Democracy promotion is a fundamentally interactive practice: it involves a complex interplay of external and local actors. In perceiving their goals, democracy promoters interact with various kinds of “local actors” and must increasingly confront the fact that local interests not only have to be taken seriously and integrated, but that a successful democratization process requires more than template models imposed from the outside. It requires discussion, dialogue and negotiation – and here comes the problem: Although most scholars acknowledge the interactive nature of democracy promotion, the interaction process itself is largely treated as a “black box” and negotiation dynamics have been somewhat unexplored. This is about to change.
Democracy promotion can be understood as a complex interactive exchange of expectations, ideas and compromises between external and local actors that can hardly be grasped by the notion of a trade-like import-export relationship. During this process, democracy promoters frequently become part of the domestic politics of the countries they work in – promoting democracy from within, rather than from without. The interaction processes are certainly shaped by perceived interests (in power, wealth, security, etc.) that motivate external and local actors alike. More and more democracy promoters must confront the fact that democracy is a deeply contested concept and that democracy promotion negotiation should be perceived as a multidirectional process, leaving behind the idea of a unidirectional process, where an actor (the recipient) is essentially left with the choice of either accepting or resisting the offer of support of the donor. In reality, interaction encompasses meaningful agency on both sides, with local actors having ample room to demand, use or divert external aid activities for their own purposes and to “localize” or “appropriate”, and thereby transform, the very ideas, norms and institutions that democracy promoters seek to advance.
The concept of negotiation and three basic assumptions
The concept of negotiation grasps the very process of interaction outlined above: As long as democracy promoters do not choose entirely non-cooperative means, and as long as local actors do not entirely and without any objection accept a given set of democracy promotion activities in every single regard, there is necessarily some kind of disagreement between the (at least) two parties that is likely to be articulated and dealt with through direct and/or indirect communication. If successful, this process of communication will lead to an official or tacit agreement that, more or less successfully, reconciles the (conflicting) positions of the parties. The following three basic assumptions link the concept of negotiation with democracy promotion:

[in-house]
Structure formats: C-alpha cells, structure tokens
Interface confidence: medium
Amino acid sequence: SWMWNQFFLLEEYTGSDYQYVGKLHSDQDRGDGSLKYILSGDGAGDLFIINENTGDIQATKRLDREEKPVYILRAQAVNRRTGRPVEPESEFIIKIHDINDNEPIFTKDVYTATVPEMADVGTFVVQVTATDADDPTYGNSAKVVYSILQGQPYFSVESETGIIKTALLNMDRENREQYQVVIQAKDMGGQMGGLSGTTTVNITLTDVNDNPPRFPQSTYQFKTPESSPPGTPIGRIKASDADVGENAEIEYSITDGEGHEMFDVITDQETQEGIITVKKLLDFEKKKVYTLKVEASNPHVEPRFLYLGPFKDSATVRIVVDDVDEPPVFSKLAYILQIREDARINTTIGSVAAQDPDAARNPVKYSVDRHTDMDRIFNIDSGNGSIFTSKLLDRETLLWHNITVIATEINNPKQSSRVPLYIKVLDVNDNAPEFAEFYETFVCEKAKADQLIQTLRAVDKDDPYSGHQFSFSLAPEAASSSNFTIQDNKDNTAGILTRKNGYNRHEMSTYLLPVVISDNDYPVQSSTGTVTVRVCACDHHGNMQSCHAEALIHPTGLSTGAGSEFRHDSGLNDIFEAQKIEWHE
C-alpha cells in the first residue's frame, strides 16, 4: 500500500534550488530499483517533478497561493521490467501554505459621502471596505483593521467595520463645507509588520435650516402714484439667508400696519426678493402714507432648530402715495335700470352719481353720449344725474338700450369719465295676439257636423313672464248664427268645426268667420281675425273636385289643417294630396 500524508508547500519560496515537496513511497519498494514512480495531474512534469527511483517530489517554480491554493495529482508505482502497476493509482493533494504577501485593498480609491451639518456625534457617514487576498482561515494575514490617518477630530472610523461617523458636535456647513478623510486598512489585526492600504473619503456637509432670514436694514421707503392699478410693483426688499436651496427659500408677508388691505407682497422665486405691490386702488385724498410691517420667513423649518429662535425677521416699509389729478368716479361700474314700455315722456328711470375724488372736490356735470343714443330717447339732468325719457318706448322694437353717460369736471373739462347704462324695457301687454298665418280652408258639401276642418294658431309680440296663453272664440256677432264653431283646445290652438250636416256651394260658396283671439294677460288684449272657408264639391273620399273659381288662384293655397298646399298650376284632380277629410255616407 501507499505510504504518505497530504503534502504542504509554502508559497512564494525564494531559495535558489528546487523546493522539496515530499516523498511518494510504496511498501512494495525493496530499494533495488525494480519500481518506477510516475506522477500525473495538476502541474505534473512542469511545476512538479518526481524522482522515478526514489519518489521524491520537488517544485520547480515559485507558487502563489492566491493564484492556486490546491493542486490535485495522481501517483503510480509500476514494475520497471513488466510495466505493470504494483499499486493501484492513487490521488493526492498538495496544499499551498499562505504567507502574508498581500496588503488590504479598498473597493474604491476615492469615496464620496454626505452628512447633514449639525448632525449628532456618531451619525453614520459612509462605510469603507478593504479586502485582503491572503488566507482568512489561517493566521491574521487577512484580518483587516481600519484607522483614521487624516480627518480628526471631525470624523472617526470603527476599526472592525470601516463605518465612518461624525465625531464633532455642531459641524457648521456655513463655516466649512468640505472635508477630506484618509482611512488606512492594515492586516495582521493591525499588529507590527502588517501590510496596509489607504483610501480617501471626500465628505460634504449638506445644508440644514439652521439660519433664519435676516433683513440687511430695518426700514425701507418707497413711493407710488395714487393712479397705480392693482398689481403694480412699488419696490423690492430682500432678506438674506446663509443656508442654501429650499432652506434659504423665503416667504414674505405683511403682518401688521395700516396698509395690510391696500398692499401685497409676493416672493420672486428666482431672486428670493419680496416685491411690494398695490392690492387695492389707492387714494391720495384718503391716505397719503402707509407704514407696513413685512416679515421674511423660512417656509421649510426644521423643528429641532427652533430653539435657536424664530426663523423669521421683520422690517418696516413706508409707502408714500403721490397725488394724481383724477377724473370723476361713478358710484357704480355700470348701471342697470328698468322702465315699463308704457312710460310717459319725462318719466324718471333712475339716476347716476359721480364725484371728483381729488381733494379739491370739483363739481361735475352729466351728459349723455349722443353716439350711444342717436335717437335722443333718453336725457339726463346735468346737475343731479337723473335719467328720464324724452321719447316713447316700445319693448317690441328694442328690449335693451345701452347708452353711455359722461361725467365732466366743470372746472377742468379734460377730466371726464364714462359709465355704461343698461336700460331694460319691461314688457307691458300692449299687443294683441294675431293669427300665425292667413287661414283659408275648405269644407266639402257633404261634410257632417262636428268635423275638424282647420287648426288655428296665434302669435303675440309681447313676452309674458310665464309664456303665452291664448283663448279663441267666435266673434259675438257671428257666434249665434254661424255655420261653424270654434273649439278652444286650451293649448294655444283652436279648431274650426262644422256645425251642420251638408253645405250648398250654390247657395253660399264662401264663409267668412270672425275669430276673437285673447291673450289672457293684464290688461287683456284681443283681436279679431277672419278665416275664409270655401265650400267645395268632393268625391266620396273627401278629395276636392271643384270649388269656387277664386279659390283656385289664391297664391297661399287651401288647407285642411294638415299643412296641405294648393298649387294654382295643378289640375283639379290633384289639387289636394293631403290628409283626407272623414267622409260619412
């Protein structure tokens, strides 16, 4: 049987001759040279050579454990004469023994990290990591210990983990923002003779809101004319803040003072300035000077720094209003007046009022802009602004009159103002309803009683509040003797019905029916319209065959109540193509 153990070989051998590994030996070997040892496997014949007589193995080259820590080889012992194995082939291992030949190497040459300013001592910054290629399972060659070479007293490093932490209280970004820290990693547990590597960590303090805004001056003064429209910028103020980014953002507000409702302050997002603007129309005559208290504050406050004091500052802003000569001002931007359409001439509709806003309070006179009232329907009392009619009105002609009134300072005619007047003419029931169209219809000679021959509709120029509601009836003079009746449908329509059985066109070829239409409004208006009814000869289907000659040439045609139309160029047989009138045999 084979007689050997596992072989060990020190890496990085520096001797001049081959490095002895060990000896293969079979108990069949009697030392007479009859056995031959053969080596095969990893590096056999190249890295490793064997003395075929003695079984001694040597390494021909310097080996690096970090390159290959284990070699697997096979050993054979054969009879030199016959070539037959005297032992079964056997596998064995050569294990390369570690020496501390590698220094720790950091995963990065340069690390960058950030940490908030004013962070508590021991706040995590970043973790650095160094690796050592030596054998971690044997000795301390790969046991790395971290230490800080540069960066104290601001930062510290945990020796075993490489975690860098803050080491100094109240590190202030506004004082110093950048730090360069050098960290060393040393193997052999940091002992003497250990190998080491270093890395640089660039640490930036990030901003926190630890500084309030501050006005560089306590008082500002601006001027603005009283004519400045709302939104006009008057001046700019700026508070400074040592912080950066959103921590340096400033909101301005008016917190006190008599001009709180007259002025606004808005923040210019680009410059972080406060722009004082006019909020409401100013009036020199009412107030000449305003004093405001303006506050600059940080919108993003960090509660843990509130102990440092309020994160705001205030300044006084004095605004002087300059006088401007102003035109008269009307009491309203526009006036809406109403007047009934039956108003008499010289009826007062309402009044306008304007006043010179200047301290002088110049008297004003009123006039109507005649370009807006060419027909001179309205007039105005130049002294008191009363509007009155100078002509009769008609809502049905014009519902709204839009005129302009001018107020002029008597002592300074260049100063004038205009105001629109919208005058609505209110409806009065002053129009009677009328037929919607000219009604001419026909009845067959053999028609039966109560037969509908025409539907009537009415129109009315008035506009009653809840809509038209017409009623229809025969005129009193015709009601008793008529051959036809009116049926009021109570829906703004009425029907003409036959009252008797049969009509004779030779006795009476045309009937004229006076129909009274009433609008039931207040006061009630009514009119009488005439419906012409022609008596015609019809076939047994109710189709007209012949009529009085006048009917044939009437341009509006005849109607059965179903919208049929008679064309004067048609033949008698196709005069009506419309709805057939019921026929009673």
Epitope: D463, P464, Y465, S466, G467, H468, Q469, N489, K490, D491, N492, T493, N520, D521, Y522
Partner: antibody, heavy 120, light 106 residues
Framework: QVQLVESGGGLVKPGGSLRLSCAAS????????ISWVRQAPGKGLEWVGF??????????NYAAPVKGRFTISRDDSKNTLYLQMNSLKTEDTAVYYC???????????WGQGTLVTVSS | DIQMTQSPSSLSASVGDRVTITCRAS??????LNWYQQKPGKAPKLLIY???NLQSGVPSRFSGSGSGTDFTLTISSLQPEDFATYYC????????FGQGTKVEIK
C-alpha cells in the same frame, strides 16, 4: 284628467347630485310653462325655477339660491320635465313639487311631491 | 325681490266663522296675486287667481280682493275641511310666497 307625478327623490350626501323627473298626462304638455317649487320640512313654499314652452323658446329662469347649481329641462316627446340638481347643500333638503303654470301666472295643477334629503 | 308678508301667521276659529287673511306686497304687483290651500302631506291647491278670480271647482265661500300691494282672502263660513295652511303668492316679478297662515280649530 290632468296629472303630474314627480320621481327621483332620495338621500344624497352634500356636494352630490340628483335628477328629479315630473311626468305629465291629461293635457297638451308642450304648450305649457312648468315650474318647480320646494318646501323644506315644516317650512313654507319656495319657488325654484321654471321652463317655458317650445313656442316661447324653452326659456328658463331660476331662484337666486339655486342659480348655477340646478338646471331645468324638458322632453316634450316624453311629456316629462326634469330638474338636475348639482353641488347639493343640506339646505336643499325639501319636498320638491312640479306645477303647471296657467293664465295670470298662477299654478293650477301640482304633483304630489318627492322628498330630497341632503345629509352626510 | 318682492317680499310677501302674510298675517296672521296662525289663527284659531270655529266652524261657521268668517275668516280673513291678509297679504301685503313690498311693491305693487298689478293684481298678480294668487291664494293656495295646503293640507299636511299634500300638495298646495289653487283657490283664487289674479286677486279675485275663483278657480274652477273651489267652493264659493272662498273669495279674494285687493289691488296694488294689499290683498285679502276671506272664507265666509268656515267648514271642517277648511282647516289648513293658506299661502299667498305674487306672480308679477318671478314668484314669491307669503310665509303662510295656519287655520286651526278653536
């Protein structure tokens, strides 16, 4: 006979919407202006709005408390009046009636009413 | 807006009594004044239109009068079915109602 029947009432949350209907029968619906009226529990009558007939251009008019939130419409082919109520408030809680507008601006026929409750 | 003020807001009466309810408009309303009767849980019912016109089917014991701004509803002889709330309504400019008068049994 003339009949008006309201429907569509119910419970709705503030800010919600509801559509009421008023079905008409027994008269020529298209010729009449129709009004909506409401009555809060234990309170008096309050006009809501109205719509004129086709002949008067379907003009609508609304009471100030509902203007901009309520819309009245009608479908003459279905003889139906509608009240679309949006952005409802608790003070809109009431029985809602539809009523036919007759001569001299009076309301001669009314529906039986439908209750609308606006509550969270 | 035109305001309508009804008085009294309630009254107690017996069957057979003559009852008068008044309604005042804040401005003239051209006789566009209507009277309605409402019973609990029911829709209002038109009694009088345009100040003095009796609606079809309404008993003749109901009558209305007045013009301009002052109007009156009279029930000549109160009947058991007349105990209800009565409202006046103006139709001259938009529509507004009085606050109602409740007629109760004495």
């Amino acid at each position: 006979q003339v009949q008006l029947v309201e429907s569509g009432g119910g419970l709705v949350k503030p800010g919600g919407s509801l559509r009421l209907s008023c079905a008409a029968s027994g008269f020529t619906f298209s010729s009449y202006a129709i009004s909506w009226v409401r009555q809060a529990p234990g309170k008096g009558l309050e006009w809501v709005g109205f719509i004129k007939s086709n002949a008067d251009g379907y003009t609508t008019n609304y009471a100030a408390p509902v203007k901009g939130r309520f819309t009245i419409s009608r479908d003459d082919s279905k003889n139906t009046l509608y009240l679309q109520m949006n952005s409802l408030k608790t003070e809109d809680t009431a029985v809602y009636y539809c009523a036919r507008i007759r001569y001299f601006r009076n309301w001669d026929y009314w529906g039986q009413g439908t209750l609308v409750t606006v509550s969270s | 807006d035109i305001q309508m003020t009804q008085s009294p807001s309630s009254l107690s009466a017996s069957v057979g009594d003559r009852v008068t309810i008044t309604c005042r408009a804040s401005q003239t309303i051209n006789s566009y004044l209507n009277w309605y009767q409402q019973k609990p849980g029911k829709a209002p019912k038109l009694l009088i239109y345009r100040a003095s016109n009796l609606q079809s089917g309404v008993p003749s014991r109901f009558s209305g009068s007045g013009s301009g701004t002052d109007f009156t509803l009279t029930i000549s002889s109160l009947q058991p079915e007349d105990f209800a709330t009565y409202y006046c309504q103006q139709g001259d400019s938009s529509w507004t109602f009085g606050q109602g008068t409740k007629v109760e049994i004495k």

- Democracy promotion is an international practice that is necessarily accompanied by processes of negotiation.
- Negotiations will have an impact on the practice and the outcome of democracy promotion.
- Genuine negotiations are needed in order to enable democracy promotion to become mutually owned and effective.
What is the value of (studying) negotiation in democracy promotion?
Just as democracy promotion research has not yet made use of existing approaches to negotiation, neither the overall literature on international negotiation nor research on negotiation in aid relationships has addressed the specific issue of democracy promotion. The three basic assumptions outlined above clearly suggest that bringing these strands of literature – research on democracy promotion, on the one hand, and negotiation studies in international relations and development studies, on the other – together promises new empirical and theoretical insights that will also be of immediate policy relevance.
So far, research on aid negotiations has shown that even weak, aid-dependent countries are at times able to achieve significant concessions when negotiating with donor governments. As regarding recent political developments, democracy promotion, since the turn of the century, has been confronted with “a cascade of negative developments” that include a “global stagnation of democracy” and an open “backlash” against democracy promotion. In this context, many recipients of democracy promotion are not only defending their interests more assertively, they are also increasingly challenging fundamental normative assumptions of democracy promotion. As a consequence, there is certainly no lack of policy disagreements between democracy promoters and “recipients”. And, given the increasing scepticism and resistance against democracy in some parts of the world, negotiations are arguably crucial for enabling the continuity of democracy promotion in the face of broadly acknowledged limits of coercive democratization. Yet, again, we know almost nothing about such negotiations and how democracy promotion has (or has not) been adapted in turn.